Friends, Zuners, fellow tech-heads and audiophiles – it’s over to you.
Recently, I decided to treat myself to the technological wonder that is the Xbox Kinect. But, before we crack on, let me make one thing absolutely clear –
The Xbox Kinect is, without doubt, the most exciting piece of technology I have ever brought into my house (by a clear country mile) and, quite possibly, the most amazing thing I have ever bought. Ever. Full stop.
It really is that good.
What’s worrying, however, is that for a short while I didn’t even realise it.
Returning from my parents this past Christmas (I believe it was Dec 27th), I stopped off in town to pick up the Johnny-5 head-shaped bad boy and left him by the TV for a couple of days, before breaking it open just before New Year and cracking on.
“This’ll be fun” I thought “I’ll give it a whirl”
See, as you may know, I am a gaming geek (some would argue more so than a mobile geek), and so getting my hands on the latest awesome periphery for my current console of choice was fairly high up on my list of priorities.
“Gaming is going be awesome with this…”
Honestly? It’s been over a month now and I’ve hardly played the games at all. Don’t get me wrong, Kinect Adventures IS fun and I’m informed that the yet-to-be-opened Dance Central is pretty damn good also. However, the Kinect has changed something so significant, so utterly mind-blowing that most of the time, I switch it on just so I can play with IT.
It’s all about the interface. Things that live on my Xbox (aside from the games) include (but are not exclusive to) Last.fm, Sky TV, Twitter, Facebook and – thanks to a handy piece of software called Connect360 (no relation) – my entire music, photo and video collection that resides on my Mac.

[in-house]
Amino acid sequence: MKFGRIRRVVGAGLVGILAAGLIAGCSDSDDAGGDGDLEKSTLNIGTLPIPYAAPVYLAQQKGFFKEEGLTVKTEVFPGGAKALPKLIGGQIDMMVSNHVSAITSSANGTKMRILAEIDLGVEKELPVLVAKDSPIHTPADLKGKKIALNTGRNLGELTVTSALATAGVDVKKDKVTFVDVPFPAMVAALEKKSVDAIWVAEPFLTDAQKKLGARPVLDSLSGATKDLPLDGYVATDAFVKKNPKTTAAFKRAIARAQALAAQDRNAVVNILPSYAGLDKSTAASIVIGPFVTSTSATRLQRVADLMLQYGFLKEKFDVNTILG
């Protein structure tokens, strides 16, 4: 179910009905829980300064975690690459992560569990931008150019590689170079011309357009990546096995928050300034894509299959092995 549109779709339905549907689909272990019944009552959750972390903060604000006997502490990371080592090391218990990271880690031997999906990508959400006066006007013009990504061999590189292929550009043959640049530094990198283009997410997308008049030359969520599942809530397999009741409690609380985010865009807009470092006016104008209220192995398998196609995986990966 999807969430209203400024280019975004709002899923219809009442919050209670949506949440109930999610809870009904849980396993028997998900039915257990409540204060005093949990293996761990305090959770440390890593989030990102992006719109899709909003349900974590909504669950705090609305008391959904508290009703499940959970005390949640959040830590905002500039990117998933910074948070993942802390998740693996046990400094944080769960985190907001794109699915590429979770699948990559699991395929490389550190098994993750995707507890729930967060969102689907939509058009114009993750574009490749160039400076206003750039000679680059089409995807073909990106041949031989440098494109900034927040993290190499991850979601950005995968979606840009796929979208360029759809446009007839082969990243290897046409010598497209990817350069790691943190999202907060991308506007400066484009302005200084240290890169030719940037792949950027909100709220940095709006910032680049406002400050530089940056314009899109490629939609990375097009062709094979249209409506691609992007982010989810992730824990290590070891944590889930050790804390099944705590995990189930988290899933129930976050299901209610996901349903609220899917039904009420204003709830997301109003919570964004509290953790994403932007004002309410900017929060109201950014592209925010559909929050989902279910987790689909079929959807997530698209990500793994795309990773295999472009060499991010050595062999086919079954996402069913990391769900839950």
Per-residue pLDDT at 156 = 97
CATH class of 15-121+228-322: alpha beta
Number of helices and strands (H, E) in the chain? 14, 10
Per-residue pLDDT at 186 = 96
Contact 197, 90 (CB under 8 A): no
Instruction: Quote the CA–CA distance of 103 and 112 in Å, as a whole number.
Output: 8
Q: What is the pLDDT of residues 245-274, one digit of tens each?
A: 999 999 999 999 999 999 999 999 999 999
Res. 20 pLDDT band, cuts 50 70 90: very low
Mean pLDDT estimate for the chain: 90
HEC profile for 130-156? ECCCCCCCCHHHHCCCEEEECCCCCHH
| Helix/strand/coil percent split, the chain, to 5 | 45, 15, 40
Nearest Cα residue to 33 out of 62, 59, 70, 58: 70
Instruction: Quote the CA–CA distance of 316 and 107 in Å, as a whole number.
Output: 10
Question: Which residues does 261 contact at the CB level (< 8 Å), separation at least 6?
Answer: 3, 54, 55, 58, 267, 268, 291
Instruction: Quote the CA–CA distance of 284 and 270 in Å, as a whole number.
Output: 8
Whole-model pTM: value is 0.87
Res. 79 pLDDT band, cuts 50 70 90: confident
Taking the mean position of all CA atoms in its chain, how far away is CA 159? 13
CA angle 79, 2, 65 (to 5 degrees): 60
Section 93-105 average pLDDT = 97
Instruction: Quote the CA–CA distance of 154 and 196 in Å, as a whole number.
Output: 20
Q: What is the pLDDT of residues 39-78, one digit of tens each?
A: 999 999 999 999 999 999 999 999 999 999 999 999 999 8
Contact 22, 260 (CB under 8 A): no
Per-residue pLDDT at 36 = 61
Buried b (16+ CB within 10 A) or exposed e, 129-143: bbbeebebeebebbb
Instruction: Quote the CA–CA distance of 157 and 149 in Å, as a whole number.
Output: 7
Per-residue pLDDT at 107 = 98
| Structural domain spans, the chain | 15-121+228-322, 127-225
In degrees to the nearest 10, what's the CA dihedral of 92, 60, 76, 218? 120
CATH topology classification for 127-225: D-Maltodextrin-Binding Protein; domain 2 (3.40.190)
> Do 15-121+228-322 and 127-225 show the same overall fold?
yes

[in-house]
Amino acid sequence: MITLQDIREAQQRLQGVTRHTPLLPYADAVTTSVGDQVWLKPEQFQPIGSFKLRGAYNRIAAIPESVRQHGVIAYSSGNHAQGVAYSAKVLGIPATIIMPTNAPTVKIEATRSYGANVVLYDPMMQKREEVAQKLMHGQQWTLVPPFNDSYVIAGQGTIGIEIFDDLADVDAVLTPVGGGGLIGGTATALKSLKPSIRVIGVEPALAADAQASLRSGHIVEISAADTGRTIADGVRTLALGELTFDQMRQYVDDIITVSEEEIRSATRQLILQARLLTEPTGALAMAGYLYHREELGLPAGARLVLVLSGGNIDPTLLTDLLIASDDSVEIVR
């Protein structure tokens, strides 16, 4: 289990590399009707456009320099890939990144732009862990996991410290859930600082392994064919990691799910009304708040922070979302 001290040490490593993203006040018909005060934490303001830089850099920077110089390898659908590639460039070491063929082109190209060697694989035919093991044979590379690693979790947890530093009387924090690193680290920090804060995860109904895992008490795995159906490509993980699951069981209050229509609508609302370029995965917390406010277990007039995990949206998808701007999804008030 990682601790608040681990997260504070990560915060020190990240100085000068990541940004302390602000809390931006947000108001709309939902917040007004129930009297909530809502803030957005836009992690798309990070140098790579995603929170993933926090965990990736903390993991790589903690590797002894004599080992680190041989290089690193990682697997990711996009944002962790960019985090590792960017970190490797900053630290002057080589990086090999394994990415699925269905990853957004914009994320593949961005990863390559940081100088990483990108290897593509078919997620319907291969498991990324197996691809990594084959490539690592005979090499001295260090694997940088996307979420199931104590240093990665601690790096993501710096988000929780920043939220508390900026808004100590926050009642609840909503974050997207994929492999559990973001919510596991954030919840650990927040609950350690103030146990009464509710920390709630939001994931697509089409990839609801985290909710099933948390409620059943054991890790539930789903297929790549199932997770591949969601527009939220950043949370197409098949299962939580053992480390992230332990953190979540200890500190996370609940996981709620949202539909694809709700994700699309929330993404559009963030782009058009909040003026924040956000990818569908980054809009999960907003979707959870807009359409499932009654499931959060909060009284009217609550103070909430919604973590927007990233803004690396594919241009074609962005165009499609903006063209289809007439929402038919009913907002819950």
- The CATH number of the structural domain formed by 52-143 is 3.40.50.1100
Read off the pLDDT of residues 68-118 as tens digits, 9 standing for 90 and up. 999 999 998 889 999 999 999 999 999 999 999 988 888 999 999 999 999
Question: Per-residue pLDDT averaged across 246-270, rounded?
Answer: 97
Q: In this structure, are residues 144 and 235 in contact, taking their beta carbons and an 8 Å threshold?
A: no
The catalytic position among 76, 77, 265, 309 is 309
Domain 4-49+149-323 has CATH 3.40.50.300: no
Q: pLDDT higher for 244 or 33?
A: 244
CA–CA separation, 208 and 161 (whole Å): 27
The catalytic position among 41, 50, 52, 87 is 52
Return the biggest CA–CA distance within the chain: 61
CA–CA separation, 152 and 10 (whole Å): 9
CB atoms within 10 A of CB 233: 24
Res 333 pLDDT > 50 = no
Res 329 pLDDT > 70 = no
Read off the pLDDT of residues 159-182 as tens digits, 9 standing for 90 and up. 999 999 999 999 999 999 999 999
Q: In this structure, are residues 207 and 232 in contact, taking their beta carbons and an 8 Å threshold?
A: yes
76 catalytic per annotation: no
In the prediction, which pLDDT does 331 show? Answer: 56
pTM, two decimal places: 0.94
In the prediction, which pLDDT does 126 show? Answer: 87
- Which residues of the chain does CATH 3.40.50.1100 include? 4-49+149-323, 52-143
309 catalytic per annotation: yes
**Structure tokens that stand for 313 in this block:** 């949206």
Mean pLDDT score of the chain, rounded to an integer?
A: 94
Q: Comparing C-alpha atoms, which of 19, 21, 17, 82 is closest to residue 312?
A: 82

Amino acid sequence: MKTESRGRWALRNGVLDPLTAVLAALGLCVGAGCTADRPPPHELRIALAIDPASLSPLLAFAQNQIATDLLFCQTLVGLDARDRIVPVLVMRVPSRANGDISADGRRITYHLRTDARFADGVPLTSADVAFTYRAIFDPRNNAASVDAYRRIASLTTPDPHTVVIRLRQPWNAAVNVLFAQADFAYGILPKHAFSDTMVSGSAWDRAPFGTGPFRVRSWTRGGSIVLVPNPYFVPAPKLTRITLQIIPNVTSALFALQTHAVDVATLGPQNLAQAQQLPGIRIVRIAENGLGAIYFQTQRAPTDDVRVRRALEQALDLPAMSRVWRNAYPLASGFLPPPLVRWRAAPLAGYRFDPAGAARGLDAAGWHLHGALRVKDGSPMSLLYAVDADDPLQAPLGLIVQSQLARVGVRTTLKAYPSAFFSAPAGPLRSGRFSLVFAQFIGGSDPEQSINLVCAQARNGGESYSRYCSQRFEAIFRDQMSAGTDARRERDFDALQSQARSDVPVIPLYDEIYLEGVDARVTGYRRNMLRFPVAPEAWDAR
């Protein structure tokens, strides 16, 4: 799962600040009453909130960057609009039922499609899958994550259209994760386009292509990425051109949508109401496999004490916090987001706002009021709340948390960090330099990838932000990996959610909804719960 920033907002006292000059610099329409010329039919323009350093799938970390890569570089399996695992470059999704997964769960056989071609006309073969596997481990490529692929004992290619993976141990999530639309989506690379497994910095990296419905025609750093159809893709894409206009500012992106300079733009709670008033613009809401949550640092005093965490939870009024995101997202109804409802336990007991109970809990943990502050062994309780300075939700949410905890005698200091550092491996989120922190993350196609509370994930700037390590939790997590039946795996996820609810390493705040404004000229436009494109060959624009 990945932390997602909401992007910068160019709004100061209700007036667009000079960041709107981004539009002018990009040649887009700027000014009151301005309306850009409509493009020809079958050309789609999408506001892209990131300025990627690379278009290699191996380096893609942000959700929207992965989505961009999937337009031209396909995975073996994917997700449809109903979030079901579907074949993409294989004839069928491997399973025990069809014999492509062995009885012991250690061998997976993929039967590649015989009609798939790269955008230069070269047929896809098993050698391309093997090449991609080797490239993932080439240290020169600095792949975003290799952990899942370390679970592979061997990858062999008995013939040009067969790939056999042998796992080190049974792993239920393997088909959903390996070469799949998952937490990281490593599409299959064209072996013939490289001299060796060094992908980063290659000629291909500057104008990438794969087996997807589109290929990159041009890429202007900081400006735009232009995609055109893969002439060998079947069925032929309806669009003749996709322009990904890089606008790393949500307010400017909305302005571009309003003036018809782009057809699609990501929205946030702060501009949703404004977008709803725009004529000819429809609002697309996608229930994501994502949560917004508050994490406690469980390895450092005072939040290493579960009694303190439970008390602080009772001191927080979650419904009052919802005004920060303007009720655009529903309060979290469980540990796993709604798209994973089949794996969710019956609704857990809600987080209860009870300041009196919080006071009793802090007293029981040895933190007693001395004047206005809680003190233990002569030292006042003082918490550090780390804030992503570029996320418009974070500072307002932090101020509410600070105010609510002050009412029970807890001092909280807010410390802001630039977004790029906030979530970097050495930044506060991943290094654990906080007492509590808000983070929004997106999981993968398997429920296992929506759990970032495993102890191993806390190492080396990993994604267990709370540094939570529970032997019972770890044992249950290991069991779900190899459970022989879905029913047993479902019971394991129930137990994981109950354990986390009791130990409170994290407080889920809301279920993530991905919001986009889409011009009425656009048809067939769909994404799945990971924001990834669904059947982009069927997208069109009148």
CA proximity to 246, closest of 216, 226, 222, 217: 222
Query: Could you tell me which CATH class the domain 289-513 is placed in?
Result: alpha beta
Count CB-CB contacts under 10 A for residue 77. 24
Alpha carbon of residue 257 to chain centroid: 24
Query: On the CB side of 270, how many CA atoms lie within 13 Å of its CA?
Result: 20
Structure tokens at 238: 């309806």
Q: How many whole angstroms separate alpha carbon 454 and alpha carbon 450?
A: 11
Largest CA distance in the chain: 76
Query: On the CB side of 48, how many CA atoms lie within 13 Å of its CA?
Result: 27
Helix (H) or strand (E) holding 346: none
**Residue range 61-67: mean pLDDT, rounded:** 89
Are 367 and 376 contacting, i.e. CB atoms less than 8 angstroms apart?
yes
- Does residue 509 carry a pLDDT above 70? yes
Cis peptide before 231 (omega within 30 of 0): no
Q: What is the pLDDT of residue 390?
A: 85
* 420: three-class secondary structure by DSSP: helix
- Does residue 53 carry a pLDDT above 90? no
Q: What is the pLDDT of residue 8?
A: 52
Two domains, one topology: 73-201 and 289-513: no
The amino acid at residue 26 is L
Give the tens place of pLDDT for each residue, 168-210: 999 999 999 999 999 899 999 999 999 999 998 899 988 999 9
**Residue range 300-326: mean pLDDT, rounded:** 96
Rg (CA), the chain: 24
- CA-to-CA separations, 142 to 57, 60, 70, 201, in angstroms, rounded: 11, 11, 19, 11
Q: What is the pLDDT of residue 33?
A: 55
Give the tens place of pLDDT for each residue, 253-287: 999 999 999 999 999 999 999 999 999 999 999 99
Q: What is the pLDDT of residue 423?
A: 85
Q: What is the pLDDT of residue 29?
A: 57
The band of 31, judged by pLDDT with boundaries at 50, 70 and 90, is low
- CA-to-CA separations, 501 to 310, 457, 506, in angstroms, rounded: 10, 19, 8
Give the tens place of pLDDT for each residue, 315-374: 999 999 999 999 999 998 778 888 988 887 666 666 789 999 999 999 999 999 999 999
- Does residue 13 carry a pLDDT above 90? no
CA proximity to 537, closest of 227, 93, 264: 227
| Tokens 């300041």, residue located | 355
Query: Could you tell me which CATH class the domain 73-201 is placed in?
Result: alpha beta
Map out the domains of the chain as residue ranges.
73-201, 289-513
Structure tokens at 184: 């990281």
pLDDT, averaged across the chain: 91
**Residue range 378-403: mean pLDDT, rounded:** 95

[Nearly] everything is available to Kinect with… and it rocks.
Introducing such a fundamental step-change into the way I interact with my main media channel has, perhaps unsurprisingly to some, drastically shifted my usage patterns along with it. Last.fm, formally an Xbox Gold ‘nice to have’ extra that I only used on occasion is now the main reason for switching the Xbox on in the morning/afternoon/evening…
Forget the wavey-roundy, gesture sensitive motion capture stuff (although that’s quite cool also) the Kinect, for me at least, is all about the voice activation.
Let me show you: .
I can be in the shower in the next room and be yelling out my instructions AND IT STILL HEARS ME! Music, is everything…
In the same way that nobody knew they needed an iPad (and yet now suddenly they now wonder how they ever did without them), the Xbox Kinect slips into your day to day life like the smoothest of gloves onto a well-worn hand. Within a couple of days you catch yourself wondering why on Earth everything in your household doesn’t run in the same way.
“Kettle? Boil.” or “Shower? On.” and of course, “Tea. Earl Grey. Hot.“ are suddenly so desperately close to hand but also, in the same breath, achingly far away. The Xbox Kinect really is the technology of the future boys and girls and believe it when I tell you; we’ve not even scratched the surface.
Maybe it’s the hours upon hours that we spent back in my SpinVox days talking about the future of speech technologies that has got me so excited about all this, maybe it’s because at heart, I’m a massive Star Trek fan and being able to talk to my computer is a pipe dream I’ve lusted after ever since I first saw Jean-Luc do the exact same thing all those years ago… or maybe, just maybe it’s just because that deep down, I am a geek – through and through – and I just love new technology.